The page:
The last couple of months have been an interesting time for Spilchuk Meats.
The long-time business, which operates north of Estevan, specializes in custom processing of a variety of meats, including livestock and wildlife. Farmers and others bring their animals in, getting it processed and taking the meat home.
They’ve had to adapt to not only the COVID-19 pandemic, but also the temporary closure of the Cargill Meat Packing Plant in High River, Alta.
Spilchuk Meats owner Sheldon Spilchuk said the end result will be a longer wait list, likely growing from about two months that they normally have for customers to be able to drop off beef to about six months, which was also the wait list following the bovine spongiform encephalopathy (BSE) crisis of 2003.
But customers have been patient.
“You have the odd guy that’s mad and upset, and tries to take it somewhere else, but I’ve been here since 1996 and my customers … work with me,” said Spilchuk.
Most of the people he deals with are local producers. There have been phone calls for cheap hamburger and cuts, but that’s been normal for about five years.
Spilchuk said the troubles at the Cargill plant will have a greater impact on the customers at the grocery store than on him. He also hopes that the public won’t expect cattle farmers to give away their beef for nothing, and he reminds them that while people might have to pay more for beef, it’s not the cattle farmers who are seeing the benefit.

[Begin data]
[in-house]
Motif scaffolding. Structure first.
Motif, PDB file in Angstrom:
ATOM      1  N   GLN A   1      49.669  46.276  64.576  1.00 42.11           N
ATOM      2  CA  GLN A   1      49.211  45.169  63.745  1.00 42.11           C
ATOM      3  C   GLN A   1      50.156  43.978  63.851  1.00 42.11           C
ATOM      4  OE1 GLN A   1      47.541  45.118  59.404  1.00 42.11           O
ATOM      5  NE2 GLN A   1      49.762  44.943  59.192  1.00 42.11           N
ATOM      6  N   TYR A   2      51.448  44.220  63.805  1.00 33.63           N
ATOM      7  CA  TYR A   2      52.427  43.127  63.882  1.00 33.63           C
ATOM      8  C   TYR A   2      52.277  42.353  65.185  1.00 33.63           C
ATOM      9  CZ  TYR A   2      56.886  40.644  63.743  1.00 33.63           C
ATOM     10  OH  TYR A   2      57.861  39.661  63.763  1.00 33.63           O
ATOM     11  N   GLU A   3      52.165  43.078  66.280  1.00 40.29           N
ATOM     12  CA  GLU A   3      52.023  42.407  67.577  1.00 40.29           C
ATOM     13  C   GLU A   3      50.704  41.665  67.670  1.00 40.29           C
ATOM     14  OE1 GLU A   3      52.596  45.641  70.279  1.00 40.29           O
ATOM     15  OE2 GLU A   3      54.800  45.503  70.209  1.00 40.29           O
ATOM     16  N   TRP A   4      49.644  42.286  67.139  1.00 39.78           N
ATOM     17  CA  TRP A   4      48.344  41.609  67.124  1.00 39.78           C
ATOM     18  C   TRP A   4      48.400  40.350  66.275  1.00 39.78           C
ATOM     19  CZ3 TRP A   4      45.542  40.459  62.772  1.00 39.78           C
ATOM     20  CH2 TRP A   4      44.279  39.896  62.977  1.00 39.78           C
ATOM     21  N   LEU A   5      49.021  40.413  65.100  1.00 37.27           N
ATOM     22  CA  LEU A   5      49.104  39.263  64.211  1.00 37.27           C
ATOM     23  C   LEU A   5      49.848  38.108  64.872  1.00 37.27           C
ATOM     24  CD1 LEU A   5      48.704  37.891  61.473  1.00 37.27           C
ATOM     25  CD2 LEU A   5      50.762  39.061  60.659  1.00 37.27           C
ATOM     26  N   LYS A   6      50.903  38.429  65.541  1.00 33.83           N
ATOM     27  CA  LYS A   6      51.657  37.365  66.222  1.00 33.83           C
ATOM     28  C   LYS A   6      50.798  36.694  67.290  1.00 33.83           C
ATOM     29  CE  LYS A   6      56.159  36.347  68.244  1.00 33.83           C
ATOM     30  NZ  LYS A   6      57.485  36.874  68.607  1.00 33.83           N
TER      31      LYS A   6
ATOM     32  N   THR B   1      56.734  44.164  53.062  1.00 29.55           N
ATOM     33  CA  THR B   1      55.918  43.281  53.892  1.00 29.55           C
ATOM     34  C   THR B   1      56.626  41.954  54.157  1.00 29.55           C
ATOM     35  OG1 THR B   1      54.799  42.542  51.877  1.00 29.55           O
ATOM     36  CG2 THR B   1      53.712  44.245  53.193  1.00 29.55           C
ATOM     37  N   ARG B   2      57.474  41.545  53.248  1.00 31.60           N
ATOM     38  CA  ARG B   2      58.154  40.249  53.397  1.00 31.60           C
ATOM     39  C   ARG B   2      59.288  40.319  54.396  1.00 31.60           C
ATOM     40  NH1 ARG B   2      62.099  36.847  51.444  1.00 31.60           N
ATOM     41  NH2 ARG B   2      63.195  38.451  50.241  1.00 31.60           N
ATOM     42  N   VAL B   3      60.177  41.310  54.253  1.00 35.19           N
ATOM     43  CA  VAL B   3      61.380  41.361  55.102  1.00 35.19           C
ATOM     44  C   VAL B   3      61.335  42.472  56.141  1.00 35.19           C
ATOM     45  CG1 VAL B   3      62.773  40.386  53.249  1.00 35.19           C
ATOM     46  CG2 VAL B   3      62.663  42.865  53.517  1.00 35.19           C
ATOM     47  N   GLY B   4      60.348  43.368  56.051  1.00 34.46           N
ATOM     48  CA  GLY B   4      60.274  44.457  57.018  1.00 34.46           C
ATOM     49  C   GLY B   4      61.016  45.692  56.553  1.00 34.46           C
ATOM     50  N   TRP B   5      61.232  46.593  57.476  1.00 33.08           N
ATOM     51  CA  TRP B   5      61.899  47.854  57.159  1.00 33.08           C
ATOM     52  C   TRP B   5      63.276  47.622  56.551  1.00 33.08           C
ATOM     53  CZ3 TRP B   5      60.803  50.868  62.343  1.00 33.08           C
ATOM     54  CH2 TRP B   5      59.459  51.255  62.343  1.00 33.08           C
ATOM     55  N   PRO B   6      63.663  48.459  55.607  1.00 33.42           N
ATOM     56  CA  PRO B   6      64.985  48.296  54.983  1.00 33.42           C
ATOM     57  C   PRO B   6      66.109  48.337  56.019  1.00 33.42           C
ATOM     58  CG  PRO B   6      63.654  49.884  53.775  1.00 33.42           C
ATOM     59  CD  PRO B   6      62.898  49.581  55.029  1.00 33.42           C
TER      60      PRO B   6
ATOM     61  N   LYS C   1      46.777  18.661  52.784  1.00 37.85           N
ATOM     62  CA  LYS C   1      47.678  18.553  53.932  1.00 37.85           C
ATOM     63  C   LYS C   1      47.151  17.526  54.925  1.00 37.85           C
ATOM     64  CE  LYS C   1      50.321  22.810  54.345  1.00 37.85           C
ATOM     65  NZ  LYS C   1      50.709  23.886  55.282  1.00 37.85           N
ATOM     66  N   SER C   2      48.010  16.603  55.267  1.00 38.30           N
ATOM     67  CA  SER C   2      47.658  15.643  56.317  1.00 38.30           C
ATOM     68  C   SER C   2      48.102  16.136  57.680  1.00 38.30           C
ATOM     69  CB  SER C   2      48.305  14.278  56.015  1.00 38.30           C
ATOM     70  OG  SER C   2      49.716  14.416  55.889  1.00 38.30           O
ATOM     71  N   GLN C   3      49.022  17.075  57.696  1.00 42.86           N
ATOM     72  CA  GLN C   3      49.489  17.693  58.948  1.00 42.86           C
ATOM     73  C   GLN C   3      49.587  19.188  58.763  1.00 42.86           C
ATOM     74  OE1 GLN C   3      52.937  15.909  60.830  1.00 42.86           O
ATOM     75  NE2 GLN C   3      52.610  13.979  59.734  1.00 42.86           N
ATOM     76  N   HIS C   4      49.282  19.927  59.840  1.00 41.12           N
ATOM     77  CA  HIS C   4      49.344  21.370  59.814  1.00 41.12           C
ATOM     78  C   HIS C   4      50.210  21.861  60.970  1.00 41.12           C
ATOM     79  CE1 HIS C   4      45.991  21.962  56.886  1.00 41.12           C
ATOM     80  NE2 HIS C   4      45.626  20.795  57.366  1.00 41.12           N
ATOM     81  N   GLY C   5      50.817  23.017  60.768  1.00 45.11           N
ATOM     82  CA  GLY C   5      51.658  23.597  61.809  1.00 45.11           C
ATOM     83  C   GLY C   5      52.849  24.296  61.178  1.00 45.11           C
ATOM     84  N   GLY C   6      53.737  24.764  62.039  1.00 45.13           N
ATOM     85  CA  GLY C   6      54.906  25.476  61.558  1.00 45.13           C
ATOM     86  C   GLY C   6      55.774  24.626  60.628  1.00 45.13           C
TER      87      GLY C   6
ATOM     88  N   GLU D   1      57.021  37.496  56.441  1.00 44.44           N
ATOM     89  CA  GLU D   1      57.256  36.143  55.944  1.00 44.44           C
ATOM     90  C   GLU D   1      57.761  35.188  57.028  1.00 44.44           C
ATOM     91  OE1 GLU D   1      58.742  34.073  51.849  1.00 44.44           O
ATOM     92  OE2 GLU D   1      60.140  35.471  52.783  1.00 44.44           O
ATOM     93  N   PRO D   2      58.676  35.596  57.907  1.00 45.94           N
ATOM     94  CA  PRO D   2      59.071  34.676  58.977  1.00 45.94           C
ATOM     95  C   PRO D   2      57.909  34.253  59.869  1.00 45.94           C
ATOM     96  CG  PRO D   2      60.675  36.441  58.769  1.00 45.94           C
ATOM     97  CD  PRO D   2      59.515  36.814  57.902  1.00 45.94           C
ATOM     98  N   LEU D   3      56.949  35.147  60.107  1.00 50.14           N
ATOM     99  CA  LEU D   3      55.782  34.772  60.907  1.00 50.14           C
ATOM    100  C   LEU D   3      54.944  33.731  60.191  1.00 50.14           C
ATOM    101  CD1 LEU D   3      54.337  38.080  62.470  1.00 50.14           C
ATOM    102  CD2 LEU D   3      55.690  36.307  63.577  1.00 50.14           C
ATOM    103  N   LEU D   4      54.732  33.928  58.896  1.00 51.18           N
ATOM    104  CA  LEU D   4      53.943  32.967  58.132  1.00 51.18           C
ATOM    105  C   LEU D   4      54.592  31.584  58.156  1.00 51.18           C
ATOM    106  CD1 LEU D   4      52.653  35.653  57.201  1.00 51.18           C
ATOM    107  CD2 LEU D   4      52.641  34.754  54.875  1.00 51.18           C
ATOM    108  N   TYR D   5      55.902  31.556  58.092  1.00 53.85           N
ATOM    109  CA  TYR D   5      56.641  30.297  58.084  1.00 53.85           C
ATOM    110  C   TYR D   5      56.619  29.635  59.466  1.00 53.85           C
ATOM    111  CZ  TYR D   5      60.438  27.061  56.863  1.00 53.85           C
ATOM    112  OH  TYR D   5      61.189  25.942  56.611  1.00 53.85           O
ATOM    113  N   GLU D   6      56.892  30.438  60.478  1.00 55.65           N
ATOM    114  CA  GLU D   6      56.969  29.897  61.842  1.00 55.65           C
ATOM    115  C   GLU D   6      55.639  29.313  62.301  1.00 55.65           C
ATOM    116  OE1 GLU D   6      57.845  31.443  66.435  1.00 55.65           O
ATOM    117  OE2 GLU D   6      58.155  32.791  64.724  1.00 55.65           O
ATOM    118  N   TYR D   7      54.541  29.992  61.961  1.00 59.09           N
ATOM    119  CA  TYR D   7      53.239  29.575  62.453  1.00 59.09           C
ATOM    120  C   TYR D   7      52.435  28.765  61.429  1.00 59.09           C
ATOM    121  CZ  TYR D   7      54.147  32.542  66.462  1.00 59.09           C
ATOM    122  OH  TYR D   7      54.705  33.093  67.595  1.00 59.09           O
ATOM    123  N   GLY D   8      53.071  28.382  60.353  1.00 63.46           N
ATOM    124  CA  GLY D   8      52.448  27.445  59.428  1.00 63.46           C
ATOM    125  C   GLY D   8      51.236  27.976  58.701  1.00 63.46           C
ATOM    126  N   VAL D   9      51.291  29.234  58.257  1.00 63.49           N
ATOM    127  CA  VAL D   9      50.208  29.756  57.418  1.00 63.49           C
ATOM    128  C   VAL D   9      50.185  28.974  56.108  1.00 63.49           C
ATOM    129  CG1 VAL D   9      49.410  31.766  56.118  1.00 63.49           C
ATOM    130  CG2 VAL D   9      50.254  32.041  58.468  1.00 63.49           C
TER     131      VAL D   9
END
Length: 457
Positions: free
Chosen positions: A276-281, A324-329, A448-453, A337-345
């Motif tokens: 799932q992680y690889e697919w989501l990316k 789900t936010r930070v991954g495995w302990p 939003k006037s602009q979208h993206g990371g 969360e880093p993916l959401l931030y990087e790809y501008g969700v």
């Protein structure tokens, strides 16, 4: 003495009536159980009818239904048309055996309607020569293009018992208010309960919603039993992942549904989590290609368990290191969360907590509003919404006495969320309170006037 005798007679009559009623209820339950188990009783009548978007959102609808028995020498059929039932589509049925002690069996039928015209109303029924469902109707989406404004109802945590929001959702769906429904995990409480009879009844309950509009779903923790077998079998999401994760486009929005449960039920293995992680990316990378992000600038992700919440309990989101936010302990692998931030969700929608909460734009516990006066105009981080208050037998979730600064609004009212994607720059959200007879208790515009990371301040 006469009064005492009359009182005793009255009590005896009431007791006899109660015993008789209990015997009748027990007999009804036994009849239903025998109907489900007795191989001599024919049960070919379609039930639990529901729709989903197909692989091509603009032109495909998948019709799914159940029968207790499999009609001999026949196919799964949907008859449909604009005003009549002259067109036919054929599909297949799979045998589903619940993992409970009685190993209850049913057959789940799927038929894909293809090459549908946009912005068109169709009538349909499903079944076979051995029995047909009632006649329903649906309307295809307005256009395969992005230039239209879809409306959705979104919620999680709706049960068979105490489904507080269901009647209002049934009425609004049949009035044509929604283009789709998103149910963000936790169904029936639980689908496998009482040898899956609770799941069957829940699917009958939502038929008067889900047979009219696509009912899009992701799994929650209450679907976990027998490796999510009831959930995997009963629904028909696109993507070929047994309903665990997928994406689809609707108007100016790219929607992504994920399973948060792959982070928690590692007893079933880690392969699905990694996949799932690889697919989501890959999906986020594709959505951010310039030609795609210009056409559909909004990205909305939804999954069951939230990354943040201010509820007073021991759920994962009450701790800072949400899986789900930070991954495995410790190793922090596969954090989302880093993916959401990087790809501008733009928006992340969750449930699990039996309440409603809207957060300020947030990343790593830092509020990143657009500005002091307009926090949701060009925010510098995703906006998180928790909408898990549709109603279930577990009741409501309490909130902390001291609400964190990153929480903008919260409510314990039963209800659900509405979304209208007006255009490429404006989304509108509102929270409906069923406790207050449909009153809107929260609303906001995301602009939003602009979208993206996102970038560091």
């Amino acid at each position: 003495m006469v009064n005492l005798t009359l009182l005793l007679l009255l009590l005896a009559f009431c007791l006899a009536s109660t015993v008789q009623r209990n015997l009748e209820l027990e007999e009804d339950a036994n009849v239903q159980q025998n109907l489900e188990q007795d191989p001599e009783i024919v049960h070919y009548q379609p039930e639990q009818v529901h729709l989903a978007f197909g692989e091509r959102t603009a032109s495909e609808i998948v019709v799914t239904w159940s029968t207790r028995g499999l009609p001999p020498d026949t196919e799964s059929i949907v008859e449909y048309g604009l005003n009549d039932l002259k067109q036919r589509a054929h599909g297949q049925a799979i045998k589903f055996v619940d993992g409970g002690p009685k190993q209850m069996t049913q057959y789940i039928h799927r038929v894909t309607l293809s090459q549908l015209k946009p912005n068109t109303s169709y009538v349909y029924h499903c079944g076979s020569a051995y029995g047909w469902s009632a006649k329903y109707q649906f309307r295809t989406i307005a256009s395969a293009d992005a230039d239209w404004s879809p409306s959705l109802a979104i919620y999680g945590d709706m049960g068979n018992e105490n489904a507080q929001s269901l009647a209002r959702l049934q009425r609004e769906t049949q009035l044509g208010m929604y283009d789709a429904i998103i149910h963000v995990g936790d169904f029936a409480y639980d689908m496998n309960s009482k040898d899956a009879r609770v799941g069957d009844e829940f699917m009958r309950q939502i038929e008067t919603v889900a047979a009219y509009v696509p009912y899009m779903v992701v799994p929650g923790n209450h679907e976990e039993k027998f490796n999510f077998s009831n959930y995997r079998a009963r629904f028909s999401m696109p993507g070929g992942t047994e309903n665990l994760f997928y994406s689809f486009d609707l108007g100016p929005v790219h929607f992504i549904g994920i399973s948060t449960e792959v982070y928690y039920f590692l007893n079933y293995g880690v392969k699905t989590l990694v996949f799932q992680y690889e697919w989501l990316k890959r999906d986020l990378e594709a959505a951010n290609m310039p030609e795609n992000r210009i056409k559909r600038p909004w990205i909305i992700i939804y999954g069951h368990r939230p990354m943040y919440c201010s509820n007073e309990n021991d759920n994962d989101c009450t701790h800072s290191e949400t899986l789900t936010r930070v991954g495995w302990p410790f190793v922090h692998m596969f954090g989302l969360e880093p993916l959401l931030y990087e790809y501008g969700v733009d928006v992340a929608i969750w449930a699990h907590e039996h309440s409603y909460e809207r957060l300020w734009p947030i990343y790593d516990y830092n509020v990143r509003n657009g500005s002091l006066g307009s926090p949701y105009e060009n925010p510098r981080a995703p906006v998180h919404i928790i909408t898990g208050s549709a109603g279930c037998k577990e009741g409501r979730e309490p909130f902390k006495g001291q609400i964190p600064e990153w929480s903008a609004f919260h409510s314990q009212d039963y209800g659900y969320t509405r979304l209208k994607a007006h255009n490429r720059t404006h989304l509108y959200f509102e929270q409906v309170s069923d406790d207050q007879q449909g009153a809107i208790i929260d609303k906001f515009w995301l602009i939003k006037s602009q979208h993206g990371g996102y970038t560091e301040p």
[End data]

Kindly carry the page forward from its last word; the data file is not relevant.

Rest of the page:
“There’s lots of people always looking for cheap meat, and it’s like asking somebody to take a cut in their wage or sell their product for less.”
Feed lots are also going to feel the pinch, he said, as they have animals in the yard longer if they can’t be taken in to be processed.
The COVID-19 pandemic forced Spilchuk Meats to shut down the catering end of their business, A Little Taste of Heaven, since they deal with large events, fundraisers, weddings, anniversaries and more that have been on hold due to the COVID-19 pandemic.
But the meat shop, all that matters how they deal with customers as they’re coming up, picking up items, dropping off meat and more, social distancing and wiping things down and social distancing.